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Silks from the Topkapı Palace, Topkapı Palace Museum, April 19–22, 2007
Imperial kaftans were presented in kaleidoscopic patchworks of silk that were works of art in their own right
The imperial tailors of the Topkapı created beautiful bohças, or wrappings, from remnants of fabric left over from kaftans made for the court, using a fine patchwork tecnique known as hazerpare (a thousand pieces). A bohça was given a matching lining and used as a wrapping in which to present the finished garment – how much lovelier than our modern gift paper.
Quite apart from their artistic merit, bohcas are valuable sample-books of fabrics used at the time, and unrivalled rources for collectors and scholars alike.
The Topkapı’s exhibition was not confined to bohças but included other vivid silks collected for the palace, among them prayer rugs from Chios and fabrics from Mughal India.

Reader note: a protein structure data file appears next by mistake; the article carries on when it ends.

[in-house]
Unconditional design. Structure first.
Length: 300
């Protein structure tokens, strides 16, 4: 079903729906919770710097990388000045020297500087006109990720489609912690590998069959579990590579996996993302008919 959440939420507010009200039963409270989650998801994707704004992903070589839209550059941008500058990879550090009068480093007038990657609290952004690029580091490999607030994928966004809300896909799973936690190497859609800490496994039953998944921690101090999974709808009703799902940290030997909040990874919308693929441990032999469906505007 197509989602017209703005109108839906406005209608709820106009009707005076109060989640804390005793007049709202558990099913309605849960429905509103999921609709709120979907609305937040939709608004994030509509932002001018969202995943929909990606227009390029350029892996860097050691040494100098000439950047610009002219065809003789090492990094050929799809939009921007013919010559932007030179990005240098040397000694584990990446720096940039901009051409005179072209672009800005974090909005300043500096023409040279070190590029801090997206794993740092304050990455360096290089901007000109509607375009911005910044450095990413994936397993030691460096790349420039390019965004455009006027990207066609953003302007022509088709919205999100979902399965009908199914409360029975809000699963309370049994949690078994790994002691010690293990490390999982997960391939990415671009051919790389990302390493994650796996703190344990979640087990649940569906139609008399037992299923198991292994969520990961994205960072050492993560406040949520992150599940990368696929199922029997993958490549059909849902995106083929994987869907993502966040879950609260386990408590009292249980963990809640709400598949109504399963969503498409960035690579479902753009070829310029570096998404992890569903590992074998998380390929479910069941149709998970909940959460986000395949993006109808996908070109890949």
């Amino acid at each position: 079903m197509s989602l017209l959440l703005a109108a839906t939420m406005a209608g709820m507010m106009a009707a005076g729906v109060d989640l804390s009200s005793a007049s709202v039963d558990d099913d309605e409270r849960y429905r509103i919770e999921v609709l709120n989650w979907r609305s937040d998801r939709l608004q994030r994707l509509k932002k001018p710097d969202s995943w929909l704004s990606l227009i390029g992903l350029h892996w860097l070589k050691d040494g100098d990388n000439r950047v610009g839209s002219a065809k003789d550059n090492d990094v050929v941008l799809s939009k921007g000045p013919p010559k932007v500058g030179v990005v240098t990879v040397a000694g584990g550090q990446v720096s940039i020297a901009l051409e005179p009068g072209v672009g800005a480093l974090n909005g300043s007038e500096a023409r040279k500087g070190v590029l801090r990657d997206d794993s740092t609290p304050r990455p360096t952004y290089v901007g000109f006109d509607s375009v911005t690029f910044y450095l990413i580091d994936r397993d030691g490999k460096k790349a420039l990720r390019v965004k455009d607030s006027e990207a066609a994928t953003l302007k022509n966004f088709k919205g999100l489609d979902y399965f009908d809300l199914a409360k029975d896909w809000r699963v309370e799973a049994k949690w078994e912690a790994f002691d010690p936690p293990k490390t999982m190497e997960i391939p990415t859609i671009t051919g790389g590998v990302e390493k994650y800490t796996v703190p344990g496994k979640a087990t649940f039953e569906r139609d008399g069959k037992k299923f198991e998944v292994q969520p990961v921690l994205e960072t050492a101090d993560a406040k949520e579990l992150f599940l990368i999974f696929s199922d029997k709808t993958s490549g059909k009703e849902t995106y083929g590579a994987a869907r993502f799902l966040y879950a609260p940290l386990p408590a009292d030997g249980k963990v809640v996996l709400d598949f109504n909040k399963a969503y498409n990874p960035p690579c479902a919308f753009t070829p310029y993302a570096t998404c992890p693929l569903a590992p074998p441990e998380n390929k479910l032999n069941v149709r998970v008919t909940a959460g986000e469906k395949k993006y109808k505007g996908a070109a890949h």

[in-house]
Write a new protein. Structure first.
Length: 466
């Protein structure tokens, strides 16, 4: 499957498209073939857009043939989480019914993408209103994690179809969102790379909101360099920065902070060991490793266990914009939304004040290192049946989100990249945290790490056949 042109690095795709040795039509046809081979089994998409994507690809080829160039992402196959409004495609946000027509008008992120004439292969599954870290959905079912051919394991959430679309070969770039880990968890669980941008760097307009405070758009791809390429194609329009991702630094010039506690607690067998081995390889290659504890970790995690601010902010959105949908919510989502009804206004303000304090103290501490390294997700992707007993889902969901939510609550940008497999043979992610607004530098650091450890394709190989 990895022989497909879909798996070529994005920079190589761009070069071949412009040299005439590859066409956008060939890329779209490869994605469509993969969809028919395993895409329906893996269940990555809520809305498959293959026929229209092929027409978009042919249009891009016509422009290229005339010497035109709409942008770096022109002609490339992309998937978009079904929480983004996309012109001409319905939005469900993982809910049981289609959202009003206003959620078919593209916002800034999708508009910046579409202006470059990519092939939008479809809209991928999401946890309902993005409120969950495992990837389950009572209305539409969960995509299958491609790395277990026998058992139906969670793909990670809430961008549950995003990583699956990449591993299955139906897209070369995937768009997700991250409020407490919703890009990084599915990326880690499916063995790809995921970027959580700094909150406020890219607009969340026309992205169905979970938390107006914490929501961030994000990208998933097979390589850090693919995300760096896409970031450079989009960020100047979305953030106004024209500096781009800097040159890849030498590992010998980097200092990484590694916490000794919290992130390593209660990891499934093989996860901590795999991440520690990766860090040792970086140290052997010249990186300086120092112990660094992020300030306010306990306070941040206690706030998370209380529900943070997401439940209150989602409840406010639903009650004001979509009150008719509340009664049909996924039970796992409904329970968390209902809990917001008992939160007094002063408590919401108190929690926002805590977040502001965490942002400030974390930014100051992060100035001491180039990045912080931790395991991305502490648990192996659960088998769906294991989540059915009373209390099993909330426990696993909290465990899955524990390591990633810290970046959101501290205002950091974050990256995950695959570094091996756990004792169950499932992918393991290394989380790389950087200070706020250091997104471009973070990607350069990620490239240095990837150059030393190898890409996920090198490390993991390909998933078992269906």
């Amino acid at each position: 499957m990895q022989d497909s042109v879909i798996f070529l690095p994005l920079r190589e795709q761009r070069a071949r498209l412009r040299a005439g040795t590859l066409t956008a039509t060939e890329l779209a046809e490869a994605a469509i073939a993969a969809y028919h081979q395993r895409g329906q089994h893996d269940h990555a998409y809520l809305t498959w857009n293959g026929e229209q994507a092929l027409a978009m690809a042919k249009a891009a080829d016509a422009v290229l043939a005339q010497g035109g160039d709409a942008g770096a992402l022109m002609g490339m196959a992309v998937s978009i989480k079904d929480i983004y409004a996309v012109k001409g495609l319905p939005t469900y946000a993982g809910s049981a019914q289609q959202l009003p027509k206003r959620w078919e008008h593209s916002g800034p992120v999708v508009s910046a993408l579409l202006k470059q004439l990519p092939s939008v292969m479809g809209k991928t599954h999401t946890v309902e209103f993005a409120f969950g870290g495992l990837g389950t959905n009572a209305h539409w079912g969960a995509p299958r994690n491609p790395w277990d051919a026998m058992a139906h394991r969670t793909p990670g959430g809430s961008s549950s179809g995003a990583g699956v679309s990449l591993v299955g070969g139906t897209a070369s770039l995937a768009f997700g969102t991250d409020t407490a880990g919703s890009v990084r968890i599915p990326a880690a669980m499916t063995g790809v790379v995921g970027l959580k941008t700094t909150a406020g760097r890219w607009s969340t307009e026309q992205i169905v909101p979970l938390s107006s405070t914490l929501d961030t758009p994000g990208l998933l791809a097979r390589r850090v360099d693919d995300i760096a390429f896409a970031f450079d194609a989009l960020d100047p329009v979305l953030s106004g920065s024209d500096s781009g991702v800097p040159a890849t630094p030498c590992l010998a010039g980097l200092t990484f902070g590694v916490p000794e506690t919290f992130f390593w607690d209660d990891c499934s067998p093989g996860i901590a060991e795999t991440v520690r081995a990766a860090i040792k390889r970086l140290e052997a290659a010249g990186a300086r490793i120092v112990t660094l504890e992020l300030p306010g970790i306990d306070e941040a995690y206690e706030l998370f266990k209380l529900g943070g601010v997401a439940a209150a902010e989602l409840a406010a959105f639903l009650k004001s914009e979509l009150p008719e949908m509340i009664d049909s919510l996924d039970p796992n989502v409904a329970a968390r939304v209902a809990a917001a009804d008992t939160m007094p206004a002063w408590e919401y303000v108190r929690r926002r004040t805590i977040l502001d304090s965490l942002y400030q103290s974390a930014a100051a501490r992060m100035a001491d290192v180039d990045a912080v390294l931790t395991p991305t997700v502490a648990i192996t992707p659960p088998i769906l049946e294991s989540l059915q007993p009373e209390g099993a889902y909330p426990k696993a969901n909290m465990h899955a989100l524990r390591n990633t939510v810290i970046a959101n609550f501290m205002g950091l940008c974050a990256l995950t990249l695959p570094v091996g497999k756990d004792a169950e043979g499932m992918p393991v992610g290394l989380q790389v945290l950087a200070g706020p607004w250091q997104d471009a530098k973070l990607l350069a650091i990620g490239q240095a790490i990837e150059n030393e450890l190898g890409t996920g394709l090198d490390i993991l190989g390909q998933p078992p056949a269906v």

This exhibition was the brainchild of Dr Hülya Tezcan, formerly curator of textiles at the Topkapı, who has written the catalogue. She is also the author of Children of the Ottoman Seraglio: Customs and Costumes of the Princes and Princesses.
Once the Jewel in the Ottoman crown, Edirne is now a somnolent backwater on the Turkish borders of Greece and Bulgaria. Caroline and Andrew Finkel catch glimpses of its glorious past.
She has long lived in France, but Turkey has inspired ‘pangs of longing’ since her first visit in 1946. The celebrated author of The Wilder Shores of Love and The Sabres of Paradise, talks to Philip Mansel about a life of adventure and the landscape of the heart
The exhibition at the Sabancı Museum is not only about Genghis Khan and his heirs. It starts several centuries BC with beautiful pieces created by the peoples of the Steppes that tell us about the animals on which they depended in daily life and the mythical creatutes that saw them through to the afterlife.
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